Salmon Opening


April 16th is an important day in Denmark. It’s the opening day for the all the salmon rivers in the western part of Jutland, Skjern, Varde, Storå, Ribe, Konge, Sneum and a few more. Gudenå in eastern Jutland has been open for some time now. Of course, it’s also Her Majesty The Queen’s birthday, which I’m sure is much more important to must, but like not to you, the readers of this blog..

The stuff dreams are made of… Daniel Schmidt Brodersen with a beautiful salmon weighing 11 kg. some years ago.

Opening day is usually good for some magnificent salmon and the wild, lowland atlantic salmon in Denmark are incredibly beautiful. Typically a little shorter pr. kg. than other atlantic salmon. Deep, heavy, silvery and strong. There are hundreds and hundreds of fishers out and the good spots really are crowded, but for many, opening day is also a very social day. Getting on the river, seeing people you haven’t seen since season close last year, making a few casts, getting back int he rhythm with the long rod.

Most of the clubs usually mark the day with social gatherings, good food on the grill, talk and tales of lost fish. That’s of course restricted this year because of the COVID-19 situation, but on the river, we can keep our distance and still have a chat.


Spring fishing for salmon in Denmark equals fishing deep – very deep. Typically most will use type 5-6-7 sinkers and quite heavily weighted flies can be an advantage too. The Danish rivers aren’t particularly wide, so getting the fly to dangerous depth fast is crucial, so you don’t loose half of your swing before the correct depth is reached. That also means lost flies. Tube flies are an advantage as you can turn up the hook and reduce snags.

Since lost flies are part of the game, I try to simplify my flies. And below I present my version of a heavy, simple, fast-to-tie Thunder & Lightning, which happens to be a good pattern in the Danish rivers.

Heavy Metal Thunder.
Thread: Black 8/0.
Tube: Pro Sportfisher FlexiTube.
Tail: Fl. Yellow antron or Fluorofibre.
Body/weight: Pro Sportfisher FlexiBead, small or medium.
1st hackle: Orange cock hackle.
Underwing: Root Beer Krinkle Mirror Flash and fiery brown marble fox.
2nd hackle: Blue guinea fowl.
Overwing: Fiery brown marble fox, notably longer than the underwing. Root Beer Krinkle Mirroe Flash and Pro Sportfisher Angel Hair HD Gold.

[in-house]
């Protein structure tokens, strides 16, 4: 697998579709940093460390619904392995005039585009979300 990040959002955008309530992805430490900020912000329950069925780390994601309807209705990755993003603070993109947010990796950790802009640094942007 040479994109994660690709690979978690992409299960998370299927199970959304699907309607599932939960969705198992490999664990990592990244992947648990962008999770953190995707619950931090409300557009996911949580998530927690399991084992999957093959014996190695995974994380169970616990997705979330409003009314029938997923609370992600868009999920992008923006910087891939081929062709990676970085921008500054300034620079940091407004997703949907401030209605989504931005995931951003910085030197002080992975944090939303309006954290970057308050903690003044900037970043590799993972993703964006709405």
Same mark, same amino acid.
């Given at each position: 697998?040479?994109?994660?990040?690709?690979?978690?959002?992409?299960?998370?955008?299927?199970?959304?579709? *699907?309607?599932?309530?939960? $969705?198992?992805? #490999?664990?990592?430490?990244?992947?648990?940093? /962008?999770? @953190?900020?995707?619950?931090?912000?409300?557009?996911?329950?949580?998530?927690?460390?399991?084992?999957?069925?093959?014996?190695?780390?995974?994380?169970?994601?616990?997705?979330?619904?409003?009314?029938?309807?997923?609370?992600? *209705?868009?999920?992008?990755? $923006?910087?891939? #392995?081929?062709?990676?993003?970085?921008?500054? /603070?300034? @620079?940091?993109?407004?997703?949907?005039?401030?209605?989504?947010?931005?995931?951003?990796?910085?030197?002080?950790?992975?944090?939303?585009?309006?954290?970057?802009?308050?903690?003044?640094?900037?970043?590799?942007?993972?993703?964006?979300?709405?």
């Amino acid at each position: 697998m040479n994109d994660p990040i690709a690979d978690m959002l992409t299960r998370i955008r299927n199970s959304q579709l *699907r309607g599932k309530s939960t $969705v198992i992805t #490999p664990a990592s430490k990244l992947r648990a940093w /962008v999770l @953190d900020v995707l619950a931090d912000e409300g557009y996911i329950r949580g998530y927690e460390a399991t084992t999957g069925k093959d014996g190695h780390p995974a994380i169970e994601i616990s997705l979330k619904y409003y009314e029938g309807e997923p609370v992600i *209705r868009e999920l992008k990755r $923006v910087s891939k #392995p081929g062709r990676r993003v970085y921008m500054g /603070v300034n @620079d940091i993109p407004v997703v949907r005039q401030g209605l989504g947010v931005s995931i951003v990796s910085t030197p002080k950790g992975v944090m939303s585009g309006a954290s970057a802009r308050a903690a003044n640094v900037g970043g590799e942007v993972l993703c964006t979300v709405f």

Side: Pro Sportfisher Gen3 jungle cock.
Head: Gold Pro Sportfisher conehad size M.

From the entire Ahrex Team, we wish everyone a good opening day! We already have reports from Varde Å, where two magnificent fish of 14kg and 19kg have been caught.

Attach thread with a few turns, tie in and double back the tail, taper well with scissors. Make a few half hitches and cut off thread.
Add a drop of super glue and push the FlexiBead into place, so it covers the tie-in point.
Attach the thread directly in front of the bead. Tie in the orange cock hackle and wind it three-four turns.
Tie in four strands of Krinkle Mirror Flash and an underwing, extending to about the end of the tail. Place two strands of Krinkle Mirror Flash over the underwing together with a few strands of gold Angel Hair HD.
Tie in the guinea fowl hackle by the tip and winder over the tie-in point for the underwing. One-and-a-half to two turns.
Tie in the overwing, make is considerably longer than the underwing to ensure a good taper. A few strands of gold Angel Hair HD on the sides. Tie in two Pro Sportfisher Gen3 jungle cock on the sides and tie off the thread. Add a drop of super glue and push the conehead into place. Cut off the remaining tube and melt a small collar to secure the conehead.
Done! Go fish and catch a big one!.

If you want more inspiration on a “deadly” pattern – we once again have teamed up with the skilled flytyer Martin Votborg – this time he ties a shrimp-pattern on a tube, perfect for chasing springers.